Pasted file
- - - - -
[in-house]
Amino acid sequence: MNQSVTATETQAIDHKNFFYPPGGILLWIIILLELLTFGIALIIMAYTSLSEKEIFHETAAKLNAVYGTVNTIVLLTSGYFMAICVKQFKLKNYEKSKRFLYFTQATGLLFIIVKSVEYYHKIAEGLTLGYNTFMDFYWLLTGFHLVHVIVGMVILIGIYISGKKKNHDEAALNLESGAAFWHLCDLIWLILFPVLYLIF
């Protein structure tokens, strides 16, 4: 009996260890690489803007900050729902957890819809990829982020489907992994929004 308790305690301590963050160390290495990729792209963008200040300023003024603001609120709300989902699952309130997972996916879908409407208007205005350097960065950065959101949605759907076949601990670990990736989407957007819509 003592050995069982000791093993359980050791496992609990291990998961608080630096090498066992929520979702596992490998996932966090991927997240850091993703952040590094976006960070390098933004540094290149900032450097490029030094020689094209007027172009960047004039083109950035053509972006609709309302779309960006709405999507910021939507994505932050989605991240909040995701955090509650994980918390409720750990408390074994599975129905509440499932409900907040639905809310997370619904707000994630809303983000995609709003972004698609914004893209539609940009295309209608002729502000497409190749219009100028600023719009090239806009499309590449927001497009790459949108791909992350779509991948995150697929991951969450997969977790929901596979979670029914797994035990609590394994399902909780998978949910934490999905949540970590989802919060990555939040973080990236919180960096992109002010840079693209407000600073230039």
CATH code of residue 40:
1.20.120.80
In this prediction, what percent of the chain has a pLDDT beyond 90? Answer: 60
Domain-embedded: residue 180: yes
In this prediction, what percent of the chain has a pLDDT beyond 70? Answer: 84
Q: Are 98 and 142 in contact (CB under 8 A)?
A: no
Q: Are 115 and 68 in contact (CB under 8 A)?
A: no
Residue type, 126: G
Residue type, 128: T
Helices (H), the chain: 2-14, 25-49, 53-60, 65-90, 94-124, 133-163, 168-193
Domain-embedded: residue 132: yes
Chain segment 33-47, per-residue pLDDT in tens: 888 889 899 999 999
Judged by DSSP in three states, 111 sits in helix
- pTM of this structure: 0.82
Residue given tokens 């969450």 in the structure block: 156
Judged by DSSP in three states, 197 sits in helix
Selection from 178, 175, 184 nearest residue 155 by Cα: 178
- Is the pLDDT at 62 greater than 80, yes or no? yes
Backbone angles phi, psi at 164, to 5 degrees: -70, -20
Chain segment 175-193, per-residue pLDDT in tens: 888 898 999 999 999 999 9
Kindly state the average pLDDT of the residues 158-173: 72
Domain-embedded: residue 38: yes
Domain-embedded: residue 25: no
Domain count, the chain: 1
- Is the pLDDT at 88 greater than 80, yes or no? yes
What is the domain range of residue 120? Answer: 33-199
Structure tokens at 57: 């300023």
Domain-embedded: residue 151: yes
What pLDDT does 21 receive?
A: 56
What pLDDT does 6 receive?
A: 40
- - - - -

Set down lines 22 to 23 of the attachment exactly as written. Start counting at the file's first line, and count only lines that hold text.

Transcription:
Selection from 178, 175, 184 nearest residue 155 by Cα: 178
- Is the pLDDT at 62 greater than 80, yes or no? yes